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Canton Railroad

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BUSINESS
February 20, 2000
As head of Canton Railroad Co., John C. Magness finds himself thinking a lot these days about fuel -- and about trucks. He wants to keep customers coming back to the 94-year-old short line that once belonged to Canton Co., developer of industrial land on the harbor's east side during the past century. And that means keeping rail shipping competitive long-term so as not to lose business to trucking. With fuel prices rising, fuel surcharges have been looked at or imposed by the trucking and rail industries.
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BUSINESS
By Kevin Rector, The Baltimore Sun | September 6, 2013
Canton has traditionally been a blue-collar neighborhood, and for more than 100 years, the Canton Railroad Co. has been a part of that mix, moving freight for local industries and the port of Baltimore. Its locomotives are a familiar — and at times frustrating — sight for those traveling into Canton from the east, where the company's tracks crisscross Boston and O'Donnell streets. Long trains sometimes mean long waits for drivers. John C. Magness, the company's president and CEO, said the state-owned railroad's core mission continues.
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NEWS
May 22, 2010
The problem: On rainy days, a railroad signal malfunctions in the Canton Industrial Area. The back story: Patience is a virtue, but it's hard to ask drivers to be understanding when something is broken. Spencer Simpson Jr. of Hamilton noticed that on particularly wet days, the railroad signal on O'Donnell Street near Oldham Street by the Canton Industrial Area will sometimes start flashing, even when there is no train coming. Drivers obey the signal initially, but eventually disregard it when no locomotive approaches.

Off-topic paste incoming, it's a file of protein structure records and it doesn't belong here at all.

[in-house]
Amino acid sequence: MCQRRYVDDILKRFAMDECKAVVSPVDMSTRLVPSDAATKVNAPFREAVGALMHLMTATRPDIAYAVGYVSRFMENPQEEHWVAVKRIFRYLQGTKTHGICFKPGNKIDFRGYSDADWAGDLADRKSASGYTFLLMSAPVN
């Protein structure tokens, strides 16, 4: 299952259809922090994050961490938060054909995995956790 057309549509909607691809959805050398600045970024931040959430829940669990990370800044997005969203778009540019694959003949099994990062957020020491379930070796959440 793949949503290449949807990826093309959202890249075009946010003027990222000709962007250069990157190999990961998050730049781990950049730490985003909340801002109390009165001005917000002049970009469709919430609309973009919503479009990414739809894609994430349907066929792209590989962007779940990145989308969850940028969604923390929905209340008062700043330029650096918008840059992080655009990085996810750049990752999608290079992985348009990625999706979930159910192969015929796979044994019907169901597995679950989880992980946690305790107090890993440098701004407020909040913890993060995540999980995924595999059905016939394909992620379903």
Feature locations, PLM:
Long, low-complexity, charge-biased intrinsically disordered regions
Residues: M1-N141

NEWS
By Frederick N. Rasmussen, The Baltimore Sun | January 20, 2013
William R. Smith, a career railroader who rose from coach cleaner to head the Canton Railroad Co. and was also a strong advocate for the port of Baltimore, died Saturday from complications of Parkinson's disease at Gilchrist Hospice in Towson. The longtime Ruxton resident was 83. "Bill was a mentor to me and I always appreciated the confidence he had in me," said John C. Magness, president and chief executive officer of the Canton Railroad Co. "He had a bit of an edge and like Earl Weaver, could be tough but he was always right.
NEWS
By Frederick N. Rasmussen, The Baltimore Sun | January 20, 2013
William R. Smith, a career railroader who rose from coach cleaner to head the Canton Railroad Co. and was also a strong advocate for the port of Baltimore, died Saturday from complications of Parkinson's disease at Gilchrist Hospice in Towson. The longtime Ruxton resident was 83. "Bill was a mentor to me and I always appreciated the confidence he had in me," said John C. Magness, president and chief executive officer of the Canton Railroad Co. "He had a bit of an edge and like Earl Weaver, could be tough but he was always right.
NEWS
By Deidre Nerreau McCa and Deidre Nerreau McCa,be Staff Writer | May 17, 1993
Sleep-deprived Linthicum residents are begging the Mass Transit Administration to keep freight cars off its light rail tracks at night."I haven't had any sleep literally in three weeks," said Theresa Proserpi of Shipley Court. "It's really terrible. It's enough to wake the dead."During a Linthicum-Shipley Improvement Association meeting Wednesday night, Ms. Proserpi and about three dozen of her neighbors complained that since light rail service started in April, noisy freight trains have been forced to run at night, keeping them awake.